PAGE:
Product developers need to be more aware of software timing
and synchronization issues, especially in safety-critical systems such as
automotive airbags and robotic surgical tools, an embedded design expert warned
today during a keynote event at NIWeek 2010.
Jeff Kodosky, co-founder of National Instruments Corp., told an audience
of approximately 4,000 engineers that real-time performance of embedded products
is already suffering in some cases, largely due to inattention to such issues.
Smart phones and handheld devices are experiencing timing problems, he said,
and those problems are small compared to the issues that will be faced as
embedded technology migrates more prominently into safety-critical designs.
"People have been building these
systems all along, and they're not always as reliable as we hope," said
Kodosky, who serves as Business and Technology Fellow for NI, a maker of
automated test equipment and virtual instrumentation. "We want a much higher
threshold of confidence that these systems will work correctly."
Kodosky cited examples of potential
problems for automotive airbags, robotic surgical devices, defense and
aerospace systems, as well as future vehicle brake-by-wire and steer-by-wire
systems. He said that while smart phones and handheld devices can be easily
shut down when a timing issue occurs, the same is not true for safety-critical
products. "If you're in a critical automotive situation and you jam on your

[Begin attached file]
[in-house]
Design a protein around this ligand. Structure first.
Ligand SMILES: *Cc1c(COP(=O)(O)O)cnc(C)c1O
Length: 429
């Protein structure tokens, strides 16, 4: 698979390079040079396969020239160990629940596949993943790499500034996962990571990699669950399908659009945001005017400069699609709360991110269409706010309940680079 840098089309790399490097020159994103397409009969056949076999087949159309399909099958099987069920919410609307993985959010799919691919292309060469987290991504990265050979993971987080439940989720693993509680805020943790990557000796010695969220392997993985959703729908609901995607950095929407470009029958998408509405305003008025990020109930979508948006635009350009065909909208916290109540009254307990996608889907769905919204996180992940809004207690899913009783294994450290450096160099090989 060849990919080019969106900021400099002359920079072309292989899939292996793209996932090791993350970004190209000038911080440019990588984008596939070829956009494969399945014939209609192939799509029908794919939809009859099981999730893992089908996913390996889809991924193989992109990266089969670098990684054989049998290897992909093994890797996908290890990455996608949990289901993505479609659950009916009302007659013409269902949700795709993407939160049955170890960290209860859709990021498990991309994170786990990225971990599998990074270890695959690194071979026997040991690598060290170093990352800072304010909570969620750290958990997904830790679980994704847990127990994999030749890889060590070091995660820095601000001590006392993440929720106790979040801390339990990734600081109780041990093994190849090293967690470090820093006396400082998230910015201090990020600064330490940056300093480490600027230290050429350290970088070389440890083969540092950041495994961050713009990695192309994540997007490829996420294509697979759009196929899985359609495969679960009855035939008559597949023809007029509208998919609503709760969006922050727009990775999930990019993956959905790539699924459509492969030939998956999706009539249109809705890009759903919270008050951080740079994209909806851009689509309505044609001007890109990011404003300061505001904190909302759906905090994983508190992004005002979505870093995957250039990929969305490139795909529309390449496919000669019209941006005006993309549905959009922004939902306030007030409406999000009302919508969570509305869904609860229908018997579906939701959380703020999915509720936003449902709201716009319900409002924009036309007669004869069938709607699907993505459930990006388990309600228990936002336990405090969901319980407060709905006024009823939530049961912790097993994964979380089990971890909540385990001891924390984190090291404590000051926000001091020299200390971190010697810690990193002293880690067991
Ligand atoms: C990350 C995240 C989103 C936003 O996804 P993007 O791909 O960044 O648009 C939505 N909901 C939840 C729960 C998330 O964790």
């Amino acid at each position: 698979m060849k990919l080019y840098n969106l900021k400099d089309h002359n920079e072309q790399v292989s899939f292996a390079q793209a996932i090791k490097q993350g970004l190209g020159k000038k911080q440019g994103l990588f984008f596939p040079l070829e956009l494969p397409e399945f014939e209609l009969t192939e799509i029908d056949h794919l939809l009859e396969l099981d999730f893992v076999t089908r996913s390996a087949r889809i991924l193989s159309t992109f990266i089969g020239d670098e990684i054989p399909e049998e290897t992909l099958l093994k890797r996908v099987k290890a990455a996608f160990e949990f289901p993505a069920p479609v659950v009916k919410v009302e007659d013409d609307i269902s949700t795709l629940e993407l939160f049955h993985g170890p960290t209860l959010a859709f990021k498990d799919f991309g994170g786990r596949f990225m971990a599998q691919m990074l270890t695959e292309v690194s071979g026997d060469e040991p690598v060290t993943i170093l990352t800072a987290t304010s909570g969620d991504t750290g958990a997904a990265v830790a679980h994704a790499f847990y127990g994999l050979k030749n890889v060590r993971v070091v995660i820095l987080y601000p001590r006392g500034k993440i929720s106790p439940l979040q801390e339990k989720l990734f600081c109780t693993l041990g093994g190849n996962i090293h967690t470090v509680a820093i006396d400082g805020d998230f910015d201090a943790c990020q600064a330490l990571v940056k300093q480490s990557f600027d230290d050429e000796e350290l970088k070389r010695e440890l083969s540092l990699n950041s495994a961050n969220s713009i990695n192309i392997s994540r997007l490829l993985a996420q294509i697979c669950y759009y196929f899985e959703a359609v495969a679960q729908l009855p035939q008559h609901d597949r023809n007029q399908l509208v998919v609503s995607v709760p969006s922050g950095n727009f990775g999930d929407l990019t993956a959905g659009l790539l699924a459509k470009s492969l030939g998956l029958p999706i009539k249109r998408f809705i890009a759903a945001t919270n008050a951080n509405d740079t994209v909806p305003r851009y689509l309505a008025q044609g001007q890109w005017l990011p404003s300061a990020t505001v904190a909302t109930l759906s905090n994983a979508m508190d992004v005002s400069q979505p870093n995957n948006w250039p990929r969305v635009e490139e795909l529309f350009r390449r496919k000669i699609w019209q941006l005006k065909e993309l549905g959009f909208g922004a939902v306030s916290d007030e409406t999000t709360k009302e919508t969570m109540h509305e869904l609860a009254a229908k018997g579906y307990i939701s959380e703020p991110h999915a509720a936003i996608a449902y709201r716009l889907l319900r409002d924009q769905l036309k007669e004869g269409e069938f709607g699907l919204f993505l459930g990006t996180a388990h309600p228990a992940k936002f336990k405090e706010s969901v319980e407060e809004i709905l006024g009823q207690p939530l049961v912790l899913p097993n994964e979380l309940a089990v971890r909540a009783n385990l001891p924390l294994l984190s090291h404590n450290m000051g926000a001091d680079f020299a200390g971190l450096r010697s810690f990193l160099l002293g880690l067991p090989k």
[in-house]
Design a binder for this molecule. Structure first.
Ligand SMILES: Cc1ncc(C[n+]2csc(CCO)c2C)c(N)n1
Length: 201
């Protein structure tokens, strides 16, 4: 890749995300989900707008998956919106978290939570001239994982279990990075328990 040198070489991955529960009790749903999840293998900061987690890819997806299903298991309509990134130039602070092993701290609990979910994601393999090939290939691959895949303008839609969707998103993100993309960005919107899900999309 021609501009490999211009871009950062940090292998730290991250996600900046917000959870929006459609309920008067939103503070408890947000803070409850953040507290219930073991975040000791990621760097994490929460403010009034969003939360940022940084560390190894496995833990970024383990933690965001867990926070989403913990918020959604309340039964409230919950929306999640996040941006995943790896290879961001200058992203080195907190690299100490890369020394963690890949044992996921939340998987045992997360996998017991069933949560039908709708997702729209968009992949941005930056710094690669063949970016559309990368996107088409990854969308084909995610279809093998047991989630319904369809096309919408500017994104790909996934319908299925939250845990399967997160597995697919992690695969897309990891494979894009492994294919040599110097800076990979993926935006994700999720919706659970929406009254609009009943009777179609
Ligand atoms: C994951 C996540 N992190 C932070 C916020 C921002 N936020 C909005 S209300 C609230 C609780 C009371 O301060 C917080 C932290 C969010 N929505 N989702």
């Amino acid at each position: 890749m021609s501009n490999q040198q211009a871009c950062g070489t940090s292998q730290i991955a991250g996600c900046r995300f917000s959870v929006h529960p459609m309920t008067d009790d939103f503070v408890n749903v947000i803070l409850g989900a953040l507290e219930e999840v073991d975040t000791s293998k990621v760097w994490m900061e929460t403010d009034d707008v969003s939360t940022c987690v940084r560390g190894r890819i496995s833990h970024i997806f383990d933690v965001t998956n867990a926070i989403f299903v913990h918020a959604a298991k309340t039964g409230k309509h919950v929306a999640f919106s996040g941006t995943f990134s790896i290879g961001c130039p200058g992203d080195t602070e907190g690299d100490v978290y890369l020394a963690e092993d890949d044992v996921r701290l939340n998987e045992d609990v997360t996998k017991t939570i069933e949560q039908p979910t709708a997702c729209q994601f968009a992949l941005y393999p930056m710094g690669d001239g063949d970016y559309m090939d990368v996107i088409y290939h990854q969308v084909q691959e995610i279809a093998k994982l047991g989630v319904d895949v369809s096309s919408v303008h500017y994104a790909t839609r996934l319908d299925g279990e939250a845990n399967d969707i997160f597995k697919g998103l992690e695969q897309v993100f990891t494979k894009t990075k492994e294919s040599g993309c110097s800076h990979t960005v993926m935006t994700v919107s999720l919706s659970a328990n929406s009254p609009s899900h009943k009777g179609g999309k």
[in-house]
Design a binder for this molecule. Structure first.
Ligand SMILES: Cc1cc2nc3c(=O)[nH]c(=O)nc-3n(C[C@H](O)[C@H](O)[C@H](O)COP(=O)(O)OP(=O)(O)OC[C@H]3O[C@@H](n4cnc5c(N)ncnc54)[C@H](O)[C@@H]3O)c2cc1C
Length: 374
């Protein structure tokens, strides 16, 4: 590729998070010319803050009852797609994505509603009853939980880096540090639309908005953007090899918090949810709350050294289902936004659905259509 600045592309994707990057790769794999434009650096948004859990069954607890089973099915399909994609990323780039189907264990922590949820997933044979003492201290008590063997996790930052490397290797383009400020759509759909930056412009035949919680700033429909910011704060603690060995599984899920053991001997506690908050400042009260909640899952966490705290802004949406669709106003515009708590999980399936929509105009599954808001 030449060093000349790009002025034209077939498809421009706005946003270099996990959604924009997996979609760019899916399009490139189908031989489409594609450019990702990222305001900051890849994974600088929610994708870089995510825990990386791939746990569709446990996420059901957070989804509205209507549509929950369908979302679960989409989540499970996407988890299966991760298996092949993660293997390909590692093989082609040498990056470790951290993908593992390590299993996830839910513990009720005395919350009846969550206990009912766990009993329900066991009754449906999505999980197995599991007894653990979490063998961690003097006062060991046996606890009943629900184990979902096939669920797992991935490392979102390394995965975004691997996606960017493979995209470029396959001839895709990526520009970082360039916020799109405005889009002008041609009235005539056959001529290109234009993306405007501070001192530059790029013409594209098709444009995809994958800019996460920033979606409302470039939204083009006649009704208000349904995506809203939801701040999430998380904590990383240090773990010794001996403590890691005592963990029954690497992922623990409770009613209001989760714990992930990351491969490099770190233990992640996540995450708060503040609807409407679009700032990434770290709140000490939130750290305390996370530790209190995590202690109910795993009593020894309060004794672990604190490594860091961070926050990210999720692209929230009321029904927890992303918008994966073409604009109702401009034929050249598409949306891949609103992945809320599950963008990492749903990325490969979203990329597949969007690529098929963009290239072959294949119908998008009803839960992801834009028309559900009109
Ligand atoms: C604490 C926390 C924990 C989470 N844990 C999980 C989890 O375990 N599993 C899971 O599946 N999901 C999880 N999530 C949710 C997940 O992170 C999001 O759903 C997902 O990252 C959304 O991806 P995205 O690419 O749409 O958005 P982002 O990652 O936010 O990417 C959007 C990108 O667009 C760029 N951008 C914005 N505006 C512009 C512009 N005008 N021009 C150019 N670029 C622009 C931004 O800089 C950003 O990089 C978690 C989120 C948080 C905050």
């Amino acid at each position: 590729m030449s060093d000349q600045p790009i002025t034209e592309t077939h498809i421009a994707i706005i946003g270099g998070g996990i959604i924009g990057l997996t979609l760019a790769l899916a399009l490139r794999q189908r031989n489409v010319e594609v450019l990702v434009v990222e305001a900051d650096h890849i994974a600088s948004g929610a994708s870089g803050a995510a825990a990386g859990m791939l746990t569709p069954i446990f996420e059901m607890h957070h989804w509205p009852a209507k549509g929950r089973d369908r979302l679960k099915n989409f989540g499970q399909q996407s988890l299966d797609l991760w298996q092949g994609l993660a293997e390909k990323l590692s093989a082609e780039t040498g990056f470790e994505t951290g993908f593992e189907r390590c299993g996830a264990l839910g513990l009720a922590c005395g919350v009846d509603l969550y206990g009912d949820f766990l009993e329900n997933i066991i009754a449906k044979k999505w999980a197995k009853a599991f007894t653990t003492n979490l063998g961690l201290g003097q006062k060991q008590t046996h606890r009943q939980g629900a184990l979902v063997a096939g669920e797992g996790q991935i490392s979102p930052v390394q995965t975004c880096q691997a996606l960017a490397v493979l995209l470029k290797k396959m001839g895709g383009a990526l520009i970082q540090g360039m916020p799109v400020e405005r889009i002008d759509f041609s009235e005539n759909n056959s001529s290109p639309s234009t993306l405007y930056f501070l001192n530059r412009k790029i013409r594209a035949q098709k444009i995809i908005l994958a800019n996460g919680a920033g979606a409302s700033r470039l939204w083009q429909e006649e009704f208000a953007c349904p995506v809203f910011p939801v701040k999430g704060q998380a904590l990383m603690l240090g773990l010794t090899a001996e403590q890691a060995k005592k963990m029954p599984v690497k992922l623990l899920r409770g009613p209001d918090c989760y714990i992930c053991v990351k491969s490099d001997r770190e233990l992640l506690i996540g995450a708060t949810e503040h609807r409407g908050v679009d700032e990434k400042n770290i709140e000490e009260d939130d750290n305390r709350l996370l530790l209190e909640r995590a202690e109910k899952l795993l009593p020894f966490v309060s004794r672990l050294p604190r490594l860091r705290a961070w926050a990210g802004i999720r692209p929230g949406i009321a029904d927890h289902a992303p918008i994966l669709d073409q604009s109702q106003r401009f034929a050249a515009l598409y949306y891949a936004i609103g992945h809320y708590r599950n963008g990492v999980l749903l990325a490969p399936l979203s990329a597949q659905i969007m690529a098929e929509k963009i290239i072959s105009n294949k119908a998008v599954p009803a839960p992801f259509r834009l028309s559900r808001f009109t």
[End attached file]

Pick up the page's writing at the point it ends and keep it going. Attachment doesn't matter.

brakes or you need your airbag, you expect those systems to work," he said.
"Anyplace where you put a computer between you and some action, you need to be
sure there aren't any software glitches."
Kodosky blamed the speedy evolution
of computer processors for many of today's timing issues. "It's an extremely
difficult problem," he told Design News.
"All of the things that make processors run faster have confounded the
developer's ability to create determinant real-time systems."
To help solve the problem, Kodosky
said that university-based computer science programs need to be more vigilant
in teaching students to deal with timing issues. Today, he said, students are
virtually unaware if timing intervals in an embedded system are too long or
irregular, in part because they are trained in desktop programming, where
real-time performance isn't typically an issue. That, he said, must change.
"To the extent that you believe
that computers will be involved in everyday products, you will need more
embedded programmers, rather than desktop programmers," he said.
Without better software development
tools, timing problems could also be particularly vexing for so-called "domain
experts" - that is, doctors and scientists who want to create innovative
products but don't have a programming background.
"Timing problems will make it more
difficult for the new ‚ÄėEdisons' of the world who are trying to make
software-based products," Kodosky said. "It's our job to allow those new Edisons to invent."